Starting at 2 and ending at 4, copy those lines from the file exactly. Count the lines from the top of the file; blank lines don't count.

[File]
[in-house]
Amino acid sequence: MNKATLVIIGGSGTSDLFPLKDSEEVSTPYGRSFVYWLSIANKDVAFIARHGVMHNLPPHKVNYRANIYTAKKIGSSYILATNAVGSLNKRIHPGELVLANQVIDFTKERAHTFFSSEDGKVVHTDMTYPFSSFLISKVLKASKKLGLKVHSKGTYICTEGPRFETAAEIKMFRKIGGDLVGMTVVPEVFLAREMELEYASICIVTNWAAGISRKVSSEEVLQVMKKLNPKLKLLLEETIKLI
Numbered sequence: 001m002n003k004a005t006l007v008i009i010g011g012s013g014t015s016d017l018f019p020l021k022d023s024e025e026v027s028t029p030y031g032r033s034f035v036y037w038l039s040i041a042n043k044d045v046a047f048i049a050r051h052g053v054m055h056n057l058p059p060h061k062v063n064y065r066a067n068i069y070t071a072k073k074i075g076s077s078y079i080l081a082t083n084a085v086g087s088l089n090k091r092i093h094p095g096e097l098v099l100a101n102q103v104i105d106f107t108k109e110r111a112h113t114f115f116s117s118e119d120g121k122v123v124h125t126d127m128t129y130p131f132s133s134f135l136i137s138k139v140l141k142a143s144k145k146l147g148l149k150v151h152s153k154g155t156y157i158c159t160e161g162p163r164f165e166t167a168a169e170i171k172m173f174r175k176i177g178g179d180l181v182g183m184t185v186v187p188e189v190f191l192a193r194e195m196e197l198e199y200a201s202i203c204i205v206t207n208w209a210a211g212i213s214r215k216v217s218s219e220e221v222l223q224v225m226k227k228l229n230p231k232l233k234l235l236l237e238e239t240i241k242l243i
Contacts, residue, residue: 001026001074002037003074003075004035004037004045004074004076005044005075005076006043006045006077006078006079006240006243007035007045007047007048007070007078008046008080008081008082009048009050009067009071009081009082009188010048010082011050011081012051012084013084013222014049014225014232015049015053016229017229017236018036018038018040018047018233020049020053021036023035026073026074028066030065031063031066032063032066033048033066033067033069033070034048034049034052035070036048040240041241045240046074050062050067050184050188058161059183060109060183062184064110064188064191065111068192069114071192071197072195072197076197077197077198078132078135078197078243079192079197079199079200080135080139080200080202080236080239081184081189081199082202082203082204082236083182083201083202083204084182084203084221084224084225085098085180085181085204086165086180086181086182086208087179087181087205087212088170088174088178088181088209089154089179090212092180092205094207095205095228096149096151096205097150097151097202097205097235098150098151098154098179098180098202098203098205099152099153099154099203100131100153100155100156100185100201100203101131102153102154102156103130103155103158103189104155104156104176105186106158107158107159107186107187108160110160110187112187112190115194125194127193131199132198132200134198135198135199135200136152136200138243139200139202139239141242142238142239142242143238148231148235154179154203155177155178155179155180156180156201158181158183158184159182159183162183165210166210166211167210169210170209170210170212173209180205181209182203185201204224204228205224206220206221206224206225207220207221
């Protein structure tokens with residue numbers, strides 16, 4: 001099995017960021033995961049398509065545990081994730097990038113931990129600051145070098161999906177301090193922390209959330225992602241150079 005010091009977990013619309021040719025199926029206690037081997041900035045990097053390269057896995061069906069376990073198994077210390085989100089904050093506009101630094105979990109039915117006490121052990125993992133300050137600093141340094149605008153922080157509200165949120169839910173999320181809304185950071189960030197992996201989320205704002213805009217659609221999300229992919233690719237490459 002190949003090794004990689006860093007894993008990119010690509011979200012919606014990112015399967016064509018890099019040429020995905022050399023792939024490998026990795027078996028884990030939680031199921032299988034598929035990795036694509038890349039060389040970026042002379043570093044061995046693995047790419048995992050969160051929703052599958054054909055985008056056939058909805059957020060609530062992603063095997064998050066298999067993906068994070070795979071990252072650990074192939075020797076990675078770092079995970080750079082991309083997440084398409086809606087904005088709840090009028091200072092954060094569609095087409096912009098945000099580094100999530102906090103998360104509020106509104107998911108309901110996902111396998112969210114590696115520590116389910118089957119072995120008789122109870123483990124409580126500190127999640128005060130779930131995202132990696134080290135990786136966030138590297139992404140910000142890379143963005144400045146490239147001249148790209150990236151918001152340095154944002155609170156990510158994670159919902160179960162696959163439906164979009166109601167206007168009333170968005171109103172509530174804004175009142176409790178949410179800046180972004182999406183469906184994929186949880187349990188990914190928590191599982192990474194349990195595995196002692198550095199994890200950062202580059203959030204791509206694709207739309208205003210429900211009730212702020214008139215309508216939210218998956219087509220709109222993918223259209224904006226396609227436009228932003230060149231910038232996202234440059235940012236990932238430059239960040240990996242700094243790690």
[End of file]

Amino acid sequence: MNKATLVIIGGSGTSDLFPLKDSEEVSTPYGRSFVYWLSIANKDVAFIARHGVMHNLPPHKVNYRANIYTAKKIGSSYILATNAVGSLNKRIHPGELVLANQVIDFTKERAHTFFSSEDGKVVHTDMTYPFSSFLISKVLKASKKLGLKVHSKGTYICTEGPRFETAAEIKMFRKIGGDLVGMTVVPEVFLAREMELEYASICIVTNWAAGISRKVSSEEVLQVMKKLNPKLKLLLEETIKLI
Numbered sequence: 001m002n003k004a005t006l007v008i009i010g011g012s013g014t015s016d017l018f019p020l021k022d023s024e025e026v027s028t029p030y031g032r033s034f035v036y037w038l039s040i041a042n043k044d045v046a047f048i049a050r051h052g053v054m055h056n057l058p059p060h061k062v063n064y065r066a067n068i069y070t071a072k073k074i075g076s077s078y079i080l081a082t083n084a085v086g087s088l089n090k091r092i093h094p095g096e097l098v099l100a101n102q103v104i105d106f107t108k109e110r111a112h113t114f115f116s117s118e119d120g121k122v123v124h125t126d127m128t129y130p131f132s133s134f135l136i137s138k139v140l141k142a143s144k145k146l147g148l149k150v151h152s153k154g155t156y157i158c159t160e161g162p163r164f165e166t167a168a169e170i171k172m173f174r175k176i177g178g179d180l181v182g183m184t185v186v187p188e189v190f191l192a193r194e195m196e197l198e199y200a201s202i203c204i205v206t207n208w209a210a211g212i213s214r215k216v217s218s219e220e221v222l223q224v225m226k227k228l229n230p231k232l233k234l235l236l237e238e239t240i241k242l243i
Contacts, residue, residue: 001026001074002037003074003075004035004037004045004074004076005044005075005076006043006045006077006078006079006240006243007035007045007047007048007070007078008046008080008081008082009048009050009067009071009081009082009188010048010082011050011081012051012084013084013222014049014225014232015049015053016229017229017236018036018038018040018047018233020049020053021036023035026073026074028066030065031063031066032063032066033048033066033067033069033070034048034049034052035070036048040240041241045240046074050062050067050184050188058161059183060109060183062184064110064188064191065111068192069114071192071197072195072197076197077197077198078132078135078197078243079192079197079199079200080135080139080200080202080236080239081184081189081199082202082203082204082236083182083201083202083204084182084203084221084224084225085098085180085181085204086165086180086181086182086208087179087181087205087212088170088174088178088181088209089154089179090212092180092205094207095205095228096149096151096205097150097151097202097205097235098150098151098154098179098180098202098203098205099152099153099154099203100131100153100155100156100185100201100203101131102153102154102156103130103155103158103189104155104156104176105186106158107158107159107186107187108160110160110187112187112190115194125194127193131199132198132200134198135198135199135200136152136200138243139200139202139239141242142238142239142242143238148231148235154179154203155177155178155179155180156180156201158181158183158184159182159183162183165210166210166211167210169210170209170210170212173209180205181209182203185201204224204228205224206220206221206224206225207220207221